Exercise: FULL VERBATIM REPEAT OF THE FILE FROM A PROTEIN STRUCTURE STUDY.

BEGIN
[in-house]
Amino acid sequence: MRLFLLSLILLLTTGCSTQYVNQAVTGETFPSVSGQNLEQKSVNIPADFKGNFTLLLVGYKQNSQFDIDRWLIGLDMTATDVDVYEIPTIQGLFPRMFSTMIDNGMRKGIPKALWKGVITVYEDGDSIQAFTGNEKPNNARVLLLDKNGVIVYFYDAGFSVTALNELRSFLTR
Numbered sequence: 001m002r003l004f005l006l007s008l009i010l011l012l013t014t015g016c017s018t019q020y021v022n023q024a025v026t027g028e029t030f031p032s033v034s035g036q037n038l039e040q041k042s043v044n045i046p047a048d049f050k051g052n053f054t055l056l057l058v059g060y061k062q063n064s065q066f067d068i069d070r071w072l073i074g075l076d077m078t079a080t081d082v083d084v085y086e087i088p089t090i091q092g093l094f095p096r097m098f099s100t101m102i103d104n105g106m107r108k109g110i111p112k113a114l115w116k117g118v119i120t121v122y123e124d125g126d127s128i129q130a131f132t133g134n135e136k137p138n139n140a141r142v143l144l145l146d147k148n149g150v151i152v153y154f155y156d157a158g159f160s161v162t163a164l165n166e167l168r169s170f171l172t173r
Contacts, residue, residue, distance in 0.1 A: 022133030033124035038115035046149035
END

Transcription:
[in-house]
Amino acid sequence: MRLFLLSLILLLTTGCSTQYVNQAVTGETFPSVSGQNLEQKSVNIPADFKGNFTLLLVGYKQNSQFDIDRWLIGLDMTATDVDVYEIPTIQGLFPRMFSTMIDNGMRKGIPKALWKGVITVYEDGDSIQAFTGNEKPNNARVLLLDKNGVIVYFYDAGFSVTALNELRSFLTR
Numbered sequence: 001m002r003l004f005l006l007s008l009i010l011l012l013t014t015g016c017s018t019q020y021v022n023q024a025v026t027g028e029t030f031p032s033v034s035g036q037n038l039e040q041k042s043v044n045i046p047a048d049f050k051g052n053f054t055l056l057l058v059g060y061k062q063n064s065q066f067d068i069d070r071w072l073i074g075l076d077m078t079a080t081d082v083d084v085y086e087i088p089t090i091q092g093l094f095p096r097m098f099s100t101m102i103d104n105g106m107r108k109g110i111p112k113a114l115w116k117g118v119i120t121v122y123e124d125g126d127s128i129q130a131f132t133g134n135e136k137p138n139n140a141r142v143l144l145l146d147k148n149g150v151i152v153y154f155y156d157a158g159f160s161v162t163a164l165n166e167l168r169s170f171l172t173r
Contacts, residue, residue, distance in 0.1 A: 022133030033124035038115035046149035